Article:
Gabrielson who now owns a pet store in downtown Baraboo, taught at the elementary level in the Baraboo School District for 13 years. She said she decided to leave “because I was tired of fighting for the needs of my students and not being heard, so my hope by joining the board is that I can continue this fight but this time hopefully get some results.” She said teachers have a lack of autonomy in the classroom, which dampens creativity, and that the board needs to work on being collaborative with staff.

Salaries and finances

Peterson, a retired teacher and administrator, said she believes in the district’s old salary schedule, which was based on experience and level of education, because it was consistent and empowered teachers.

Gabrielson said the district needs to make sure its pay is comparable to other nearby districts, an idea that O’Neill echoed.

“We would have to look at how we can get all of our teachers, across the board, to be the same as our surrounding community,” Gabrielson said. “Where do we find that money? Maybe we have to find it at the top.”

Heilman said teachers should be paid based on experience, time in the classroom and degrees or professional development. Teachers in high demand areas should not be paid more, he said. Kujak added that paying new teachers at a higher rate than veteran teachers destroys morale.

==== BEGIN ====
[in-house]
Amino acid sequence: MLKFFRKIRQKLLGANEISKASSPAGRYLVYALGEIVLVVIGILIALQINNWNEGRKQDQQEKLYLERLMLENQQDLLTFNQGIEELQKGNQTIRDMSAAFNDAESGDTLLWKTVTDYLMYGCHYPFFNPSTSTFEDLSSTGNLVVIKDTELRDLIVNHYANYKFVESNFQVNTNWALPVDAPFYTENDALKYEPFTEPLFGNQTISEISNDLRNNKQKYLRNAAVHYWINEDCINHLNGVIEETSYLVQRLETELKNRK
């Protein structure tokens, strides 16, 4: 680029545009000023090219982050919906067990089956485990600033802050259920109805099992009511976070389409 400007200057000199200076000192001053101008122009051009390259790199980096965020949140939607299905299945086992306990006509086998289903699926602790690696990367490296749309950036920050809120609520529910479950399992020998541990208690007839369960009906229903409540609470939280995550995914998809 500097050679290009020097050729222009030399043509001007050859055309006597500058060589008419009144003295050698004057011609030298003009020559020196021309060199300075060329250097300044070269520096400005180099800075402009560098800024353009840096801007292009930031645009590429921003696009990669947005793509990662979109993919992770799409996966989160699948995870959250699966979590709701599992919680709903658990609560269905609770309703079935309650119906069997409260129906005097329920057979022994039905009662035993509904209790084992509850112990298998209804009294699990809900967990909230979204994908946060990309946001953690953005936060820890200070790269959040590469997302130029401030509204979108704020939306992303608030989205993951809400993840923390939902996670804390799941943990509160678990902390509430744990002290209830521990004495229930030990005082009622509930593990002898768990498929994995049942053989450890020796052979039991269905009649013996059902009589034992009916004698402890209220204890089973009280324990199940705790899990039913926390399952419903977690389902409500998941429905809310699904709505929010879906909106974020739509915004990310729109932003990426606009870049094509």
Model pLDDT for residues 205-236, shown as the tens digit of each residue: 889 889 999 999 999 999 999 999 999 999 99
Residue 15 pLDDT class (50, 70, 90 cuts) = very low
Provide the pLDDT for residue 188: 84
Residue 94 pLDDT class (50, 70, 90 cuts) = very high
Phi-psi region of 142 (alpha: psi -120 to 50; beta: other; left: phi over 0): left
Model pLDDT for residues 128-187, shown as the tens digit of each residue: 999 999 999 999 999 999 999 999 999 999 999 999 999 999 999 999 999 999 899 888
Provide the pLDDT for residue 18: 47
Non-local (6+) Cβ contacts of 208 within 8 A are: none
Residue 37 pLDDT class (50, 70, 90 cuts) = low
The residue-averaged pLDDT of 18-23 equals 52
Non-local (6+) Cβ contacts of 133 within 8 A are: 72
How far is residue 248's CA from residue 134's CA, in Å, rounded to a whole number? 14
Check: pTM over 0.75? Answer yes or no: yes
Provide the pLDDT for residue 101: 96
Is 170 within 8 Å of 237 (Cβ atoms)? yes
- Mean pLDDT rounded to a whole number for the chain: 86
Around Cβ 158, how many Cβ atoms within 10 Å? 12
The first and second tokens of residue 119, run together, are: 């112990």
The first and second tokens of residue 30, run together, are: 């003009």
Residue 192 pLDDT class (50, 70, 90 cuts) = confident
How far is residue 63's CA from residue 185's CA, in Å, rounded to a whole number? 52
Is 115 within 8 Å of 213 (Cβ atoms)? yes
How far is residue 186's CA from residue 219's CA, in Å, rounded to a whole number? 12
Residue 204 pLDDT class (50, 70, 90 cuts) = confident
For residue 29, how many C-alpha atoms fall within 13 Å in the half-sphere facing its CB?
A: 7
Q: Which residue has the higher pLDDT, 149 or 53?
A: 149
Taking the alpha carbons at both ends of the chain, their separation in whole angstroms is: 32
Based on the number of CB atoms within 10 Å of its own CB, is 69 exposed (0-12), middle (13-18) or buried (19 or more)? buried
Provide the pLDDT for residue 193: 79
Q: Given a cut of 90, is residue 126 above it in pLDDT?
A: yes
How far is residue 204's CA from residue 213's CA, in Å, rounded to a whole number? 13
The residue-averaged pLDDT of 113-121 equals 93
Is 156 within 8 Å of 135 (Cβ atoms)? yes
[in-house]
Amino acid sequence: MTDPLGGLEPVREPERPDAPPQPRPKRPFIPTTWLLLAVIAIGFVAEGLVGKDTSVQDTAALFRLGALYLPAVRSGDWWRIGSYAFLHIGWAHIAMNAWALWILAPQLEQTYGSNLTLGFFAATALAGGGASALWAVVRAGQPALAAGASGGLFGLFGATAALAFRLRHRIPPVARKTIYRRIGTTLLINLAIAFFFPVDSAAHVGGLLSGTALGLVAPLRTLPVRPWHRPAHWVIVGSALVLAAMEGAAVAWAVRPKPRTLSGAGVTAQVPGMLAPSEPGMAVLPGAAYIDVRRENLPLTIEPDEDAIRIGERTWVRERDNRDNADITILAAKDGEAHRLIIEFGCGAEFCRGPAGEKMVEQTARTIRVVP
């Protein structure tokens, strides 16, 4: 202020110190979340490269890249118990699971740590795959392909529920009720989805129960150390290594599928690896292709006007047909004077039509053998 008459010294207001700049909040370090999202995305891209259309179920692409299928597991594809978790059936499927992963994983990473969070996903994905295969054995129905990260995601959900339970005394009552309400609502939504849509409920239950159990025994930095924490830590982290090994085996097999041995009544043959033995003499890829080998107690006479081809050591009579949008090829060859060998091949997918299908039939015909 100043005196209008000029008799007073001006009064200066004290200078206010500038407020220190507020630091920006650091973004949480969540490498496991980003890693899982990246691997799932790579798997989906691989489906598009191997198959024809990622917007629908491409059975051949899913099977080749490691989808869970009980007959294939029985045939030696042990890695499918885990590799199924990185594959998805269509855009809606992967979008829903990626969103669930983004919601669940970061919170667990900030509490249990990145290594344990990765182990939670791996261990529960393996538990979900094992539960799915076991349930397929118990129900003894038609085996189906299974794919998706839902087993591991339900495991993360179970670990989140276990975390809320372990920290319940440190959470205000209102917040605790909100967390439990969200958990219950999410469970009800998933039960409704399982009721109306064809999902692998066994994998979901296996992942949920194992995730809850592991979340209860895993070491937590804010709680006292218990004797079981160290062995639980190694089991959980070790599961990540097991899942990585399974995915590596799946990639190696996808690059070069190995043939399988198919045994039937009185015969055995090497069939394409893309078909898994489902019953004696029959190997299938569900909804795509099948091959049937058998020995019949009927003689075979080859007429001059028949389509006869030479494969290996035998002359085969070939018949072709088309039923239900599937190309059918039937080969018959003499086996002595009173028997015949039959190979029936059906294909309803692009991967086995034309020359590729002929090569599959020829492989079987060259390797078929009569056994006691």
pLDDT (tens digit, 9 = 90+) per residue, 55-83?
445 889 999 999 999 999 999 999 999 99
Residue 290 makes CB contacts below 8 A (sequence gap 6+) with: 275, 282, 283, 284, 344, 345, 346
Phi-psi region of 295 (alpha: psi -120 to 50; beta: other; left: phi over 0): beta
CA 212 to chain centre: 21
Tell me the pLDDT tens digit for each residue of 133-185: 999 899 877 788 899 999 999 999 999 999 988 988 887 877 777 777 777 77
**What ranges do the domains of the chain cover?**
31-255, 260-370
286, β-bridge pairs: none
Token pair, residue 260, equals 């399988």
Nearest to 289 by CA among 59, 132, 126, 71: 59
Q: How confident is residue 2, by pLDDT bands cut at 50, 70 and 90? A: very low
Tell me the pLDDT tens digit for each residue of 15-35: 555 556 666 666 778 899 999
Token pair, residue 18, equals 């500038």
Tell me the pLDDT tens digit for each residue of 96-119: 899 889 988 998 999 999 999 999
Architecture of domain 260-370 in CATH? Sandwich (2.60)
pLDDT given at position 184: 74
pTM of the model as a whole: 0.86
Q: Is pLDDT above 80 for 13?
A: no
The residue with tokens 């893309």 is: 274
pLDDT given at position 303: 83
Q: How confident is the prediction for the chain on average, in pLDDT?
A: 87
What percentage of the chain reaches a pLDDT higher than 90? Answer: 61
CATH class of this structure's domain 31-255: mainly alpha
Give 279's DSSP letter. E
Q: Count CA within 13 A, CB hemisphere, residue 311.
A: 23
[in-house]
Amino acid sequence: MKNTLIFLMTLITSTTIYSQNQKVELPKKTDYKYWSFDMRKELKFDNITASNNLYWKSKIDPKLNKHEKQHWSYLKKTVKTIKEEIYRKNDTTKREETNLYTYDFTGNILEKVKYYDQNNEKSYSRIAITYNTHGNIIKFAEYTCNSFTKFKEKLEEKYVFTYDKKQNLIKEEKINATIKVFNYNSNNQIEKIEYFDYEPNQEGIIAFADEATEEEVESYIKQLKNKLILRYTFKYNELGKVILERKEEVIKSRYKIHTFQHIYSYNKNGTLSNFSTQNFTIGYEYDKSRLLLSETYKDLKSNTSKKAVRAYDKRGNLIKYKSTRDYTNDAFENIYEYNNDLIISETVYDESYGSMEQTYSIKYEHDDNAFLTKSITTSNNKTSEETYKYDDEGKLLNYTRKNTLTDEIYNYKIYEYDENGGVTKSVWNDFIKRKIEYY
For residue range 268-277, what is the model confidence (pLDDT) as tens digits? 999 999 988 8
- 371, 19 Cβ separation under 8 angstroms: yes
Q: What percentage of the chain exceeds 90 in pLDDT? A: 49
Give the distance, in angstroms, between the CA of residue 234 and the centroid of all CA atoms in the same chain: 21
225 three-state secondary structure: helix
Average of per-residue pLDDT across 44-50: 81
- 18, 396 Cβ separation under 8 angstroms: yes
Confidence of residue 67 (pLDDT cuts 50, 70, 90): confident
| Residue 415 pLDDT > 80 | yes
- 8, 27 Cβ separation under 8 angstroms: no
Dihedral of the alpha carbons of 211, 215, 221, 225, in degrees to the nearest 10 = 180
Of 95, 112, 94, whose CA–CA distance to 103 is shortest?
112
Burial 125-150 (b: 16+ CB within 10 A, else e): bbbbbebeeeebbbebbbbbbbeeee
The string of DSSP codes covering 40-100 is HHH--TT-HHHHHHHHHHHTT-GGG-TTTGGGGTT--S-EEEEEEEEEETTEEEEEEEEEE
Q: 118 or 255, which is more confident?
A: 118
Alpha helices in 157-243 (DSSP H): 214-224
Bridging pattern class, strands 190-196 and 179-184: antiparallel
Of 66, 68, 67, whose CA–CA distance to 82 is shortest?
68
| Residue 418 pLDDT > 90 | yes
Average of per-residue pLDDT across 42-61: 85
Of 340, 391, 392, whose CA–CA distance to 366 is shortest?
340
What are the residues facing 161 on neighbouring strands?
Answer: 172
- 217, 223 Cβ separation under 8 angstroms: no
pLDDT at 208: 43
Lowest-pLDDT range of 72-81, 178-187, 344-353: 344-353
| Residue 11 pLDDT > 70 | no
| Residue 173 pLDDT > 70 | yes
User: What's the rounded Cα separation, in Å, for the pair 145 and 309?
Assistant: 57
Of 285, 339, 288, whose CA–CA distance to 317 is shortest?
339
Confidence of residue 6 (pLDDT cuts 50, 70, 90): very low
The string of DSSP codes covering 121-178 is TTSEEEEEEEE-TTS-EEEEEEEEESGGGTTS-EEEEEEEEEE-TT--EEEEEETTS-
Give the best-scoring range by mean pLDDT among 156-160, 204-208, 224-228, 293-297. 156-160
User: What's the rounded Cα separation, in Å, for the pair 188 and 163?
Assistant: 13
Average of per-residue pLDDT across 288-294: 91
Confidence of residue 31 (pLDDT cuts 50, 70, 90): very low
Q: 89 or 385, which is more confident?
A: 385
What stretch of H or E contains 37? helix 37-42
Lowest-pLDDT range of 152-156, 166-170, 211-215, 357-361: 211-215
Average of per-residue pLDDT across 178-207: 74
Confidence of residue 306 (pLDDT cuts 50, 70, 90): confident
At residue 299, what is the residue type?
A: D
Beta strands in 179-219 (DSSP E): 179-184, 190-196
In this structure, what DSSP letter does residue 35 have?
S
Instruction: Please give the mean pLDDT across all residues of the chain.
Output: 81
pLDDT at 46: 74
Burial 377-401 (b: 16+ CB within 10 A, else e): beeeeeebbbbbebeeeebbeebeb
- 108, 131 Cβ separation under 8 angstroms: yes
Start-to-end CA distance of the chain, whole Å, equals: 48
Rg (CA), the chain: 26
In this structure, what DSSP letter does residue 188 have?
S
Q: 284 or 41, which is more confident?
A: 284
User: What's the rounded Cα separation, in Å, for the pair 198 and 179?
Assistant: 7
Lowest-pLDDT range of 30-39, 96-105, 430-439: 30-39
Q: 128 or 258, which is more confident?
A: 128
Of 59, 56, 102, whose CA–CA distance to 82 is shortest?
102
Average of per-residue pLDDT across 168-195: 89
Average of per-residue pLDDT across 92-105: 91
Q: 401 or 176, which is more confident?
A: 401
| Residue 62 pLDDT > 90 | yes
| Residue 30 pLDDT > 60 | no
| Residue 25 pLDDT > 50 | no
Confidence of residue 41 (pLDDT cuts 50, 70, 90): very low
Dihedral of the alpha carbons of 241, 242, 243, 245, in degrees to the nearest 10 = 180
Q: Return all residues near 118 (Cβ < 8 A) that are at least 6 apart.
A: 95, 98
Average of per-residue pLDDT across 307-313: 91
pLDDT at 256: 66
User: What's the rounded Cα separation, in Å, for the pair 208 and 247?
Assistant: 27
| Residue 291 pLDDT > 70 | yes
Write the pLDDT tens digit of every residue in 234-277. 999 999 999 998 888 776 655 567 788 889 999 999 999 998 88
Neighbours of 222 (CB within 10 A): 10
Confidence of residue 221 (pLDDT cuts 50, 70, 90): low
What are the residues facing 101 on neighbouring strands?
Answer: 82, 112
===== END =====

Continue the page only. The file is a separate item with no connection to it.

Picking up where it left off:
Mering agreed the board needs to collaborate with teachers to work on salaries, but noted it won’t be an easy solution. With Act 10, “we are now in the wild, wild West with salaries,” he said.

Key relationships

The relationships between the school board, administration, staff and community were brought up. One question asked how candidates would “foster an environment where concerns are heard,” considering how the board has seemed “adversarial” to members of the public voicing concerns about teacher retention.

Heilman said teachers, current and retired, who have been in the district for a long time care about the district.

“These members of the community are good people — good, well-meaning people — and I think we need to understand that,” Heilman said. “On the other side, I think they need to understand that these people on the board are listening. They understand, and those people on the board are very good people and they want a solution to this problem. And the solution is not going to come if it’s us versus them.”

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Kujak agreed with Heilman, but added that the turnover issue shouldn’t have needed to be brought to the board by a retired teacher. Instead, he said administrators should have brought it up. He emphasized that he wants to see more transparency from administration.

Mering said community members can disagree with board members, but should remember that board members are “good people who want good things for our students.” Noting that the board is elected, Gabrielson said members need to listen to their constituents.

Peterson said the retired teachers group, REBS, of which she is a member, has been misunderstood from the beginning.

“We are not out to get anybody,” she said. “It’s about policy.”

O’Neill suggested making REBS a more official council as a resource and advocate for teachers and effectively unionizing parents, so their voices can be heard.